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  1. lemon was miss interpret by many that lemon can hurt the stomach if you have ulcer and you drink from it, but actually lemon is the treatment of ulcer, you felt pain when you drink lemon it's because there is a wound in your stomach

  2. To the commenter above. The Alkaline Food list you've pointed to is seriously flawed. I recommend you check out a few alternative lists.

    The reason lemons are alkaline is because of the effect they have on the body rather than the acid/alkaline state of the food before consumption.

    I've blogged about it here: lemons ARE alkalising

    Enjoy. And thanks guys for opening this debate up – I have read a fair few articles that point to the increase of acid food consumption leading to an increase in calcium being found in the content of urine (suggesting it IS being removed from the body).

    Lots more research needed!

  3. I was looking at an alkaline foods list at this site. Most meats are listed as acidic. Does the body compensate acidity will calcium from the bones?

    It lists many things I thought were acidic as alkaline. Eg. Lemons, I always thought they were very acidic. The mentioned it was based on the alkaline ash? not the ph level of the food.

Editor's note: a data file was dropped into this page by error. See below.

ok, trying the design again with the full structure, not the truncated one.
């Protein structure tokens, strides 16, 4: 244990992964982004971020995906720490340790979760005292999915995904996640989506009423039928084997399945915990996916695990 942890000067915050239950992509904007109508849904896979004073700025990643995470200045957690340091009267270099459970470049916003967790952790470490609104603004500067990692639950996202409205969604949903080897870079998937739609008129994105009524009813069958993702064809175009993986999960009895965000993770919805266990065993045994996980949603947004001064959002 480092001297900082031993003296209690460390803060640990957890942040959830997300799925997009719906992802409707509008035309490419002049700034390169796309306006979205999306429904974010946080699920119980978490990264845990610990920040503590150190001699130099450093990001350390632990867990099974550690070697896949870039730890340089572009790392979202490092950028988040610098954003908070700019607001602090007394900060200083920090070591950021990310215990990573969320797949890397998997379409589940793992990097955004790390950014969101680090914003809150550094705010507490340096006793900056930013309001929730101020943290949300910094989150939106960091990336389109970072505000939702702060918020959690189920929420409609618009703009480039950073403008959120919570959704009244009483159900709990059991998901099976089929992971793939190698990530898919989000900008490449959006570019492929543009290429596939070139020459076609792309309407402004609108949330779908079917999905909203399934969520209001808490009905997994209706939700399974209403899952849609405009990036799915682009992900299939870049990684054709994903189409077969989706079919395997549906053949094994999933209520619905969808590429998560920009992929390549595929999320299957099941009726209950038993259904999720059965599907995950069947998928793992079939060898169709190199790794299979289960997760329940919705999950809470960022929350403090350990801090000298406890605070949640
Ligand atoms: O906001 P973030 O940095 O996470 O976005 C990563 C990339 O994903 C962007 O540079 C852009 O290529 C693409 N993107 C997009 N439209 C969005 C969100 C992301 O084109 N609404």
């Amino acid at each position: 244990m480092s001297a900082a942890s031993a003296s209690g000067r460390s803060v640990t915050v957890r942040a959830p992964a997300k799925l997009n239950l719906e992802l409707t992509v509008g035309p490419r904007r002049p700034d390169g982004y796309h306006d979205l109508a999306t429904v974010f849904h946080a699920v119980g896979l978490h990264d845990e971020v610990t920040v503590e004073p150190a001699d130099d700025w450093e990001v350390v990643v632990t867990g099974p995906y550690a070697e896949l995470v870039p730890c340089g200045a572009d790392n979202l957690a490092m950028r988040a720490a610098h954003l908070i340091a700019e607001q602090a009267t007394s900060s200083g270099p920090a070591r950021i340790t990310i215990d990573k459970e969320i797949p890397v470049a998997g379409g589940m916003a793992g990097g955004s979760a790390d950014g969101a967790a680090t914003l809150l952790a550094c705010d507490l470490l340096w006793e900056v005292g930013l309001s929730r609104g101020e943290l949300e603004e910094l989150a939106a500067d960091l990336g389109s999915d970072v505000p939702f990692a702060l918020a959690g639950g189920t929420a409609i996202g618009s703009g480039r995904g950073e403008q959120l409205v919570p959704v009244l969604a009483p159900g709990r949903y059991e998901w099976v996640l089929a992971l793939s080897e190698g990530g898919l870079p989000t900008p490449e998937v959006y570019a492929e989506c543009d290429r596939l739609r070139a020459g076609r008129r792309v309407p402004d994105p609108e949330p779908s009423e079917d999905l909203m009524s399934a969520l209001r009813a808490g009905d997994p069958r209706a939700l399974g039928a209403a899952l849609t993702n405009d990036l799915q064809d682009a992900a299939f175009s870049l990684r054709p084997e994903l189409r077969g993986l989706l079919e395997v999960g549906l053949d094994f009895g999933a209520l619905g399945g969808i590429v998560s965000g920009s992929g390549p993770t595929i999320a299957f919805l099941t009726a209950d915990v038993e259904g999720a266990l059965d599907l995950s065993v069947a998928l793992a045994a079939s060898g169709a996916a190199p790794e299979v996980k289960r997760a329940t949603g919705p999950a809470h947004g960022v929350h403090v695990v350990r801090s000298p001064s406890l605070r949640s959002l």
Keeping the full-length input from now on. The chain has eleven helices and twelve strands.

4. I have recently taken an interest in the pH of the body, and have read a few books on the subject, e.g. one by this author:
    However, reading your article for sure was a "wake-up call" to reality, but also raises questions…For instance, if the acid-base balance of food-stuff is not relevant to explain the demineralisation of teeth and bone, what is the theory behind the devastating effects white sugar, white flour and alcohol, among others within a "westernized" diet, have on the human body?

  5. Chris, you are brilliant!

    I went digging around the sites that advocate an acid-alkaline balance diet. Here's what I found:

    This study claims that potassium bicarbonate supplementation reduced urinary nitrogen wasting, supposedly by correcting diet induced low grade metabolic acidosis.

    This study compared a net acid load diet to an alkaline diet (makes me wonder what exactly was in the diet). It reports that on the forth day an oral dose of 1 g of calcium was given to the subjects. They say the absorption of calcium didn't differ between the groups, but the acid-forming diet increased urinary calcium excretion by 74%.

    But, when I look at a textbook like this, the body has many ways to control the pH of the body, it makes no sense to go after the calcium in bones.

    The obvious explanation is that potassium bicarbonate has some other effect on calcium and nitrogen excretion other than "correcting" acid load, because you have clearly shown that acid load in the form of animal protein does not cause bone or calcium loss. The diet study was rather short and I'm not sure how to interpret the results of it.

    You might also find this article by Weston Price interesting (you need to scroll down a bit):

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